A urethral caruncle is a small, benign vascular growth that usually occurs at the back part of the distalmost end of the urethra. Your urethra is the duct through which urine exits your body.
They are mostly found in women who have been through the menopause. A urethral caruncle is the most common benign tumor that occurs in the urethra in postmenopausal women. Females who are premenopausal can also develop a urethral caruncle, but this is rare.
It’s even rarer for men to develop a urethral caruncle. There’s only ever been one reported case in the medical literature.
Unless it’s causing uncomfortable symptoms, this type of growth usually isn’t cause for concern. Keep reading to learn more about the symptoms, diagnosis, treatment, and more.
Urethral caruncles are usually pink or red. If a blood clot has formed, they may turn purple or black.
These growths are usually small, growing up to 1 centimeter (cm) in diameter. However, cases have been reported where they’ve have grown at least 2 cm in diameter.
They typically sit on one side of the urethra (the posterior edge), and don’t go around the whole circle of the opening.
A urethral caruncle typically won’t cause any symptoms. Most people don’t even know it’s there until their doctor points it out during a routine examination.
However, pain and bleeding are possible. For example, some women report a burning pain when they urinate.
A low estrogen level in a female is associated with a higher risk for having a urethral caruncle.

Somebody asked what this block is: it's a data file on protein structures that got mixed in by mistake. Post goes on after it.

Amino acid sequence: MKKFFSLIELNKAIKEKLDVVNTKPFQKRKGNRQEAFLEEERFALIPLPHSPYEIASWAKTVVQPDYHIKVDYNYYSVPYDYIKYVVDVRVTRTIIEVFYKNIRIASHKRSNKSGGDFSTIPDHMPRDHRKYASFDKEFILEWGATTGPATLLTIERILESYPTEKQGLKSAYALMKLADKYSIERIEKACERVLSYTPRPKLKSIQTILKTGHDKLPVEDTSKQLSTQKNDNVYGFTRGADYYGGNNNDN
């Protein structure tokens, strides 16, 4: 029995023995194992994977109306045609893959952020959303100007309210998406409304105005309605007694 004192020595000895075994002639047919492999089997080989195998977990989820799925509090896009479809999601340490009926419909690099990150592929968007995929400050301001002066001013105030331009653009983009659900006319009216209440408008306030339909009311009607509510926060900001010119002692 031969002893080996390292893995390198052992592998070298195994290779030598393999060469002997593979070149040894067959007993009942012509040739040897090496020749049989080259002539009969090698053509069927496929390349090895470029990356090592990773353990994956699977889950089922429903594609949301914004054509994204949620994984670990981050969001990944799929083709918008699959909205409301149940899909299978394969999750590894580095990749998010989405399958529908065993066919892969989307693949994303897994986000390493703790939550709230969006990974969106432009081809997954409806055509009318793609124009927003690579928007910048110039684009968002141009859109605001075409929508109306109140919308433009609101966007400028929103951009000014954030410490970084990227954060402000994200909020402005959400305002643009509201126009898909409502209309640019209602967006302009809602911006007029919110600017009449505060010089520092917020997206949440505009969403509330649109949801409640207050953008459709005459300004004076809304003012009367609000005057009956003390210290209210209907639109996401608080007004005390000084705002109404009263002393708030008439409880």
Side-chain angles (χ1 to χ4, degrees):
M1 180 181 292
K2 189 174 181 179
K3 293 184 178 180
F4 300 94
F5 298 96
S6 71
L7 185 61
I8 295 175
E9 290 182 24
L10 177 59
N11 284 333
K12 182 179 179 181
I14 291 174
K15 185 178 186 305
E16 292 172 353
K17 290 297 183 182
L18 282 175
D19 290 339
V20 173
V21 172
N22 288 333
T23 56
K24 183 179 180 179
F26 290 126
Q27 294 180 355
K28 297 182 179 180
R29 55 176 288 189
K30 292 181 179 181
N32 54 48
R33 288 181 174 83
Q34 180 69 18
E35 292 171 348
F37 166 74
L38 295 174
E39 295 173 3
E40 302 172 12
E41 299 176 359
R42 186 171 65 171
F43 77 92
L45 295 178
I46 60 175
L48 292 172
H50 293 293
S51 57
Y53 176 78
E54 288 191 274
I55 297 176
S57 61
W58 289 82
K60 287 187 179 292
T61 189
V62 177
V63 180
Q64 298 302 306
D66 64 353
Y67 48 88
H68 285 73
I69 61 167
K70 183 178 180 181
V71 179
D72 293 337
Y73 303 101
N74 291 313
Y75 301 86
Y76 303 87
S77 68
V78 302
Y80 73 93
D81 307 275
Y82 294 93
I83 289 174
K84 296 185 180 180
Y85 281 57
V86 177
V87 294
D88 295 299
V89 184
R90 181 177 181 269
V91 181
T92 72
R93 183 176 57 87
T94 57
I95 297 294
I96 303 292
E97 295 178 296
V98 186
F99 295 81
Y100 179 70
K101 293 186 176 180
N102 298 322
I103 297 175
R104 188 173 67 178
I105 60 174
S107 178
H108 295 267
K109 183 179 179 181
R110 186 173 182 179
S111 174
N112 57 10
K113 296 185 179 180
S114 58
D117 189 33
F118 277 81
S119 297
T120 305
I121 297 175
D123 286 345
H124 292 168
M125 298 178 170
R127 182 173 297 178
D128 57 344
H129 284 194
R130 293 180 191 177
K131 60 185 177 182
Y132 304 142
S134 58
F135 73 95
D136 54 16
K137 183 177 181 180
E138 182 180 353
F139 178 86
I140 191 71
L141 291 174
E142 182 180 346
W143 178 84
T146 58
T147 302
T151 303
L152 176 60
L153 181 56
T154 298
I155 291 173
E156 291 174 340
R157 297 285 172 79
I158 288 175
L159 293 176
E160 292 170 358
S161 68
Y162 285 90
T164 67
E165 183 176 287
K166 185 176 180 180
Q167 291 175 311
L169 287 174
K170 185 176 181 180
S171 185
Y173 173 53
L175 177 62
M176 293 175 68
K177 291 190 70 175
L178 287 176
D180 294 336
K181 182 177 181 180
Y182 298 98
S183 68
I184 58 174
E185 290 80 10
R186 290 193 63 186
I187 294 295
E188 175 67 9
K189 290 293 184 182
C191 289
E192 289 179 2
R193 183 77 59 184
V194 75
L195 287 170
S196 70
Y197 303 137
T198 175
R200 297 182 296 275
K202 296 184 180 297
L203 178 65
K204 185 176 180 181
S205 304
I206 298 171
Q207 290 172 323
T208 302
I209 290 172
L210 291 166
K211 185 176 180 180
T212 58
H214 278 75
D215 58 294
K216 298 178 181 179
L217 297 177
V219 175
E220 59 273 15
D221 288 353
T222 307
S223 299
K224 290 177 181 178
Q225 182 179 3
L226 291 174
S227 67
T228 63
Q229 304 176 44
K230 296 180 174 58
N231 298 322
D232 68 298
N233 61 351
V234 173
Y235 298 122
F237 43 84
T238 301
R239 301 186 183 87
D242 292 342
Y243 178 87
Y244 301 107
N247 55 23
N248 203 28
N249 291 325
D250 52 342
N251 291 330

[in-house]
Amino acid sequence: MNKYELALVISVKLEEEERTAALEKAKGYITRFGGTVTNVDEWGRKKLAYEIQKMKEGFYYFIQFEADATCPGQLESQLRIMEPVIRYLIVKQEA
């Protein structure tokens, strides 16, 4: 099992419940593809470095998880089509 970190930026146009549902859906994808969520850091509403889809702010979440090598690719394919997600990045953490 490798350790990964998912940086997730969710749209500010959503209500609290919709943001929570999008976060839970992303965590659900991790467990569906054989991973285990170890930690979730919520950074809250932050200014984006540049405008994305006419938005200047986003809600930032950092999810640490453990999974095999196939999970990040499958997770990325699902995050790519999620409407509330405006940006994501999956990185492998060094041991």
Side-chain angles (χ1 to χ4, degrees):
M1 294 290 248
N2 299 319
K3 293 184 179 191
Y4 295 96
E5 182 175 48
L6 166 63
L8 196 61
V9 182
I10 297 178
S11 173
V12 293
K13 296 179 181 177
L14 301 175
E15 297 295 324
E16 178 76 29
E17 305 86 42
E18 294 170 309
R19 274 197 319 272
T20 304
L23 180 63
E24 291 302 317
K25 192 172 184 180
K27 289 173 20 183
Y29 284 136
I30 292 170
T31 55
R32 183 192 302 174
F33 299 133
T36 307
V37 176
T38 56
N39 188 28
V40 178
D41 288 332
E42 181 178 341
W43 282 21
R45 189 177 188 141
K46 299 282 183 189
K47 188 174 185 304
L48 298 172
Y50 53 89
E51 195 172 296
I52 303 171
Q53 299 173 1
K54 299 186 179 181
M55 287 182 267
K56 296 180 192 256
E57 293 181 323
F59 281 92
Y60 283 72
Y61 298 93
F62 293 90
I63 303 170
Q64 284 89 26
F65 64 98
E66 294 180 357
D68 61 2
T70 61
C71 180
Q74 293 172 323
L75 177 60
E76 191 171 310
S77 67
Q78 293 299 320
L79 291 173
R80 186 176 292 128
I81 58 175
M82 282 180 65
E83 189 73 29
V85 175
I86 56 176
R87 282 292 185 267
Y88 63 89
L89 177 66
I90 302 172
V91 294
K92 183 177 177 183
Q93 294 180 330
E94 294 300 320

Estrogen naturally keeps your genital area skin flexible and lush. If your levels drop, your skin may dry, thin down, tear easily, and become prone to other irritation.
This may be why urethral caruncles are most common in women who have gone through menopause. During this time, your estrogen level drops to a lower amount, and menstruation stops completely.
There have also been a few cases where a urethral lesion looked similar to, but wasn’t, a urethral caruncle. These include cases of the urethra affected with the following:
A urethral caruncle is usually discovered during a routine pelvic examination. However, it can be tricky to visually determine whether the growth is truly a urethral caruncle or another type of lesion, such as a carcinoma (a type of cancer tumor).
If your doctor is uncertain, they may take a tissue sample (biopsy) to determine whether the growth is cancerous. They may also perform a cystourethroscopy to look for abnormalities inside your urethra and urinary bladder.
Your doctor will advise you on next steps once they make a diagnosis.
Treatment isn’t necessary unless the growth is causing symptoms. If you’re experiencing pain or other discomfort, your doctor will develop a treatment plan to reduce inflammation and correct the root cause.
A typical treatment plan may include topical estrogen cream to help restore your levels and a topical anti-inflammatory medication to further ease symptoms.
Your doctor may recommend surgical removal if the growth is abnormally large and causing significant symptoms, isn’t responding to less intensive treatment, or the diagnosis is otherwise unclear.
This procedure typically involves cystourethroscopy, excision, and biopsy and usually has excellent success rates. Some people may have just local anesthesia, others may receive sedation or deeper anesthesia. The procedure typically takes up to an hour to complete and around two weeks to recover from.
Urethral caruncles often resemble more serious conditions, such as urethral cancer. If the growth is diagnosed as a urethral caruncle when it’s actually something more severe, complications could arise from delaying treatment.
These lesions usually don’t cause symptoms. If you find that you’re experiencing pain or bleeding, make an appointment to see your doctor. They can prescribe medication to ease or even eliminate your symptoms.
If you’re symptoms worsen after treatment, surgical removal may be necessary.